A great deal of work has lately been done on the telephone line in our village. The wires are all to be got together in one cable.
In certain parts of our village there is now quite a network of wires overhead. We have the trolley wires, the electric light wires and the telephone wires.
Hiram Minard and Oscar Deyo of Springtown are the largest potato growers in that section. They are digging potatoes now and shipping them to Poughkeepsie and elsewhere. Oscar Deyo has the largest crop he ever had. He had 2000 bushels or more last year and still has more this year.
Potatoes have lately sold in our village at the rather low rate of 75 cents a bushel. Peaches have sold at from 50 cents a basket, up.
Michael Boland, the New Paltz cranberry farmer whose farm is at Plutarch, will have 400 bushels of very fine cranberries this year.
Abm. E. Jansen of this town took first prize on the best ten varieties of apples at the State Fair last week. Competition was open to the world. The apples were judged not only by their size, but also by their commercial qualities. Mr. Jansen also took first prize on Mackintosh Red and several other varieties of apples. He received prizes on apples to the amount of about $100. This is a matter of congratulation to other fruit growers in this vicinity as well as to Mr. Jansen, as it shows that we have the soil and climate to produce premium fruit when combined with proper care and culture.
The normal teachers and students are with us again and we are all glad to see them. As far as business is concerned, the summer boarders have taken the place of the teachers and students during vacation. But the summer boarders do not seem quite as much like our own folks as the Normals.
The number of new students is so large that the problem of finding room for all the high school pupils has proved quite serious.
Work is still in progress on the western portion of the Normal grounds. A Maypole has been erected on the lower portion of the grounds and other work has been in progress to fit the portion of the lot to be the playground for the small children. When the ground has had a good chance to settle, there will be a baseball ground opened east of the building. Some clay has also been drawn for the tennis ground.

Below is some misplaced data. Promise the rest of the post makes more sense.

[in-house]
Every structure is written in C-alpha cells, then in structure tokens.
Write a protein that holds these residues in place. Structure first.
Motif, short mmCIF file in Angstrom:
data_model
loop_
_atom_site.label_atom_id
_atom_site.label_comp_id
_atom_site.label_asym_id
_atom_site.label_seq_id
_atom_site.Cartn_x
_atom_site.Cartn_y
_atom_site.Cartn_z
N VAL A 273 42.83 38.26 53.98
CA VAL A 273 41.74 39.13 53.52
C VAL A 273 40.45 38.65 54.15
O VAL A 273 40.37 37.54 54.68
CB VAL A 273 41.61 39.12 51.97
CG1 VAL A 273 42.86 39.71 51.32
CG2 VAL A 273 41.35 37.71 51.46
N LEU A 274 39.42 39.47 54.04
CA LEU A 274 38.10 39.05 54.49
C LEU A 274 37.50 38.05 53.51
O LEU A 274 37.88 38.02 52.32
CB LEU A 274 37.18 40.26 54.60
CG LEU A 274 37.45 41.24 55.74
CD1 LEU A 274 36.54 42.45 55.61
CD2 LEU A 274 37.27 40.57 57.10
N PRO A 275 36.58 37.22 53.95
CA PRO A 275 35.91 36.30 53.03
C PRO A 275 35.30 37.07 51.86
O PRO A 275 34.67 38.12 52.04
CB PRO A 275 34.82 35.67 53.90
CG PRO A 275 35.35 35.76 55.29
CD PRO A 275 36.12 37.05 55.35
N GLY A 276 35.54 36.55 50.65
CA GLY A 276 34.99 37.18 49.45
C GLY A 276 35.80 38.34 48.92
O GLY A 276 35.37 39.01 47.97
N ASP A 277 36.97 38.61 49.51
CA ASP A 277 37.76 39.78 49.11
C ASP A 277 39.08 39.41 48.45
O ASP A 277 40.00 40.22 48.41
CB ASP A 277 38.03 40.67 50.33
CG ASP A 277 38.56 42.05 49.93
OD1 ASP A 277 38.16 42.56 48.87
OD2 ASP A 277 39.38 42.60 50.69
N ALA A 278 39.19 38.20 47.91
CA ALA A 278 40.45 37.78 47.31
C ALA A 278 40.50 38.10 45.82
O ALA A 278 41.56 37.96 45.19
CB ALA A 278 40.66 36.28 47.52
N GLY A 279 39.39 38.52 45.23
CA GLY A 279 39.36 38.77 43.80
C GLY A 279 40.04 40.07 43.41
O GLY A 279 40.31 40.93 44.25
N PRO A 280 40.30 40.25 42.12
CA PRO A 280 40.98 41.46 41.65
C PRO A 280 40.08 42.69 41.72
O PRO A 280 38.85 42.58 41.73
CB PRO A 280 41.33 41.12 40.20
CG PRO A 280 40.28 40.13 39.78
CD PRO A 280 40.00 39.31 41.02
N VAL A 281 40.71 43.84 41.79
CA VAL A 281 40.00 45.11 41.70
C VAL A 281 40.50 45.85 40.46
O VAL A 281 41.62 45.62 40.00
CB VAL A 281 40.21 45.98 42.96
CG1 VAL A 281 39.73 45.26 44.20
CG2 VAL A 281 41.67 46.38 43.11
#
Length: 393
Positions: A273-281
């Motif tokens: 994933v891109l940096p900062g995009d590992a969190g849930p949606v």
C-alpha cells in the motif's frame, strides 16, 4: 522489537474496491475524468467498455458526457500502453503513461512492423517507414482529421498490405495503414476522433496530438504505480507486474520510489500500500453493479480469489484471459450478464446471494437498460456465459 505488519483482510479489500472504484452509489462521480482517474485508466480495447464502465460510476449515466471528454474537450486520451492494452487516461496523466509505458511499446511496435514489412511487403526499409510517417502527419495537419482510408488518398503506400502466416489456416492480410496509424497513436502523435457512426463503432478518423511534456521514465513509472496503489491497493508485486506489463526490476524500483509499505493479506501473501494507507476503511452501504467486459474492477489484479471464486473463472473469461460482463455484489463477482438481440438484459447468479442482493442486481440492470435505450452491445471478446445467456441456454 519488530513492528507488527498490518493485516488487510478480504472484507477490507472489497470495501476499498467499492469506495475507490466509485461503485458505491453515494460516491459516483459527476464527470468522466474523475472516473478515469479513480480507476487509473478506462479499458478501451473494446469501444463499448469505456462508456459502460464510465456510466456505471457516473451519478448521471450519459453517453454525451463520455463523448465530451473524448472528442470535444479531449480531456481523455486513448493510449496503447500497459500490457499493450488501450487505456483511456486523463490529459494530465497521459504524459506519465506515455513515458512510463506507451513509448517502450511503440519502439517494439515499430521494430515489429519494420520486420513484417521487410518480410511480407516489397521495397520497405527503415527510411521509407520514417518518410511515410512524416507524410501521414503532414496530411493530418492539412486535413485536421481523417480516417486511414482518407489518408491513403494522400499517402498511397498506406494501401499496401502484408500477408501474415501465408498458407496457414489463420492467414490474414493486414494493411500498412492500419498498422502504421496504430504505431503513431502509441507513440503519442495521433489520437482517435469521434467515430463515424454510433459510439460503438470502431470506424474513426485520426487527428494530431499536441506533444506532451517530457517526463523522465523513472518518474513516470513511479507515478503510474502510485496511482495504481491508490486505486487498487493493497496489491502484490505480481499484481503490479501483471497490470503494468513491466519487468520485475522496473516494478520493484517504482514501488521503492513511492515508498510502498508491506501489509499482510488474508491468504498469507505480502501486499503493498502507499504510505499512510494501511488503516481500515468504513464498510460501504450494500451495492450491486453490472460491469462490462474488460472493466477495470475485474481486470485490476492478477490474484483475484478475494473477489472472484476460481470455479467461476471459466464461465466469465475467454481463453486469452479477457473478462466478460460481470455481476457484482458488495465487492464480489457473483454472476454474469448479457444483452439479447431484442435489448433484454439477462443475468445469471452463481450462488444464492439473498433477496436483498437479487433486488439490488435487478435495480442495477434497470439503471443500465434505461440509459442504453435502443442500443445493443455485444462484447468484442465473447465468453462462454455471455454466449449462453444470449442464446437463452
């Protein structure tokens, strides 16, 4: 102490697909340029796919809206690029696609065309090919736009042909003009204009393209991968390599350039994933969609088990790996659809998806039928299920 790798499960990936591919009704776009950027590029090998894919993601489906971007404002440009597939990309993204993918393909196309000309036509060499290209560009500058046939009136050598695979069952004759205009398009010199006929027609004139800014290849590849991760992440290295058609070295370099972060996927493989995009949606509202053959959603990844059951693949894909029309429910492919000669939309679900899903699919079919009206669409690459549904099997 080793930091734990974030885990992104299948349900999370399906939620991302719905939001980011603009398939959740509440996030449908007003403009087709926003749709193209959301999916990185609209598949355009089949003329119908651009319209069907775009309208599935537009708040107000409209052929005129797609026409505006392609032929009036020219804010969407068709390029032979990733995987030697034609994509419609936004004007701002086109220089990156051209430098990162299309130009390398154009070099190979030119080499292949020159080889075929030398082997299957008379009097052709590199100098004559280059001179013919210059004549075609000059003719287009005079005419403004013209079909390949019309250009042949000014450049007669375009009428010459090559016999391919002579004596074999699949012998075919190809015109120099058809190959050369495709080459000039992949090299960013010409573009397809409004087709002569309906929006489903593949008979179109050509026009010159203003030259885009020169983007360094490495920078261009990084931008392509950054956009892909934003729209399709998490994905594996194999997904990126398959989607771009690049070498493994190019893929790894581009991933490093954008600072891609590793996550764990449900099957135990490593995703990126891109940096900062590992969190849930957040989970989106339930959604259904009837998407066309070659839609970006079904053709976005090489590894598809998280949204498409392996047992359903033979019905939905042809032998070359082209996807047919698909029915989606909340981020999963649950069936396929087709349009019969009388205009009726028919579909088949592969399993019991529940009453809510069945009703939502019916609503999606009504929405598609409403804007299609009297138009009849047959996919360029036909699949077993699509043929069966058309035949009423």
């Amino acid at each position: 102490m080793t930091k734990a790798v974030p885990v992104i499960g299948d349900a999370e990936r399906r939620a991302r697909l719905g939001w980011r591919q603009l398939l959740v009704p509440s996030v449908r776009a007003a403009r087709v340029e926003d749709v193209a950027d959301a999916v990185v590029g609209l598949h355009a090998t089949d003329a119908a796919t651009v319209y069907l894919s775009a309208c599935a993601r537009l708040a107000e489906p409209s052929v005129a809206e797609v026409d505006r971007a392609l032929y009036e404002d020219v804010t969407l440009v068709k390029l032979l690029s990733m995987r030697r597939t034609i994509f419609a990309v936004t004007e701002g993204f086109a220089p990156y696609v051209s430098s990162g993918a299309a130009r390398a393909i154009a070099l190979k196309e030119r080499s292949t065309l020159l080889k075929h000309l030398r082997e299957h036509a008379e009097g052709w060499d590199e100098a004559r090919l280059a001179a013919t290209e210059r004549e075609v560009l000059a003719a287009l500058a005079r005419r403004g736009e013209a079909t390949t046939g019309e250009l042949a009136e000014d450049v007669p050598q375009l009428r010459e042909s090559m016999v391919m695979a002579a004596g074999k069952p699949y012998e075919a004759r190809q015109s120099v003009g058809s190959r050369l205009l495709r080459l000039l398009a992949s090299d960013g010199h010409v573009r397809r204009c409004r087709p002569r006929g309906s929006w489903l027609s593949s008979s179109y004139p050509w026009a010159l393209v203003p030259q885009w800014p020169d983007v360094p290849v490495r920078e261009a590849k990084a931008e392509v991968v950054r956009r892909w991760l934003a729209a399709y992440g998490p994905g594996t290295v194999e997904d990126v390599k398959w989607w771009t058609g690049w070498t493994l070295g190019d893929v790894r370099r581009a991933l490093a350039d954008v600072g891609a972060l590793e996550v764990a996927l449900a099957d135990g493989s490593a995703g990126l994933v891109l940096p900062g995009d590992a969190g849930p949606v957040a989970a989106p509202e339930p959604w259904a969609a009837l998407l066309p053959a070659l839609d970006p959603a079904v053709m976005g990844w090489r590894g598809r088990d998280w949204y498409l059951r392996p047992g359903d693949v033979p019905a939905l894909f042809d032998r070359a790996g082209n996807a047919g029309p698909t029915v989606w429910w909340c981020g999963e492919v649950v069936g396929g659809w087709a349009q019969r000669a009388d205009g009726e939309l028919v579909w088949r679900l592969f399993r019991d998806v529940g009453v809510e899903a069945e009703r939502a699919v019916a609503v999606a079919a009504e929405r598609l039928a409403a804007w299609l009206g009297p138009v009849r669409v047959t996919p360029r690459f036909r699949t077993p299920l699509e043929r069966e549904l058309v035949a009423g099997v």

The house on the west side of Oakwood Terrace, which Mr. Storr is building for the Arethusa Society, is practically completed and is occupied by a number of the girls. It has 13 bedrooms.
A large number of boys and girls take the train at Rosendale each morning and come to New Paltz to attend the Normal School. In addition to this, there are a number coming by train to work on Arbuckle’s new building or on the aqueduct. Altogether there are 60 or more.
Dr. W. A. Munsell, graduate of New York State Veterinary College, Cornell University, has purchased the John H. Hasbrouck house on Prospect Street and will soon be ready to practice his profession in New Paltz and vicinity.
The tunnel between shafts 4 and 5 of the aqueduct was finished on Tuesday. The two portions of the tunnel met with great precision. The tunnel between Shafts 3 and 4 met several weeks ago. The work all along the line of the aqueduct is being pushed with great vigor.
Mrs. Ed Schoonmaker will be librarian at the public library instead of Miss Flora Schoonmaker, who is assisting at the post office.
By the side of the railroad track, south of our village, a few days ago, we observed a fore of sticks and a pot on it. Nearby a man was sitting. It was a picturesque sight.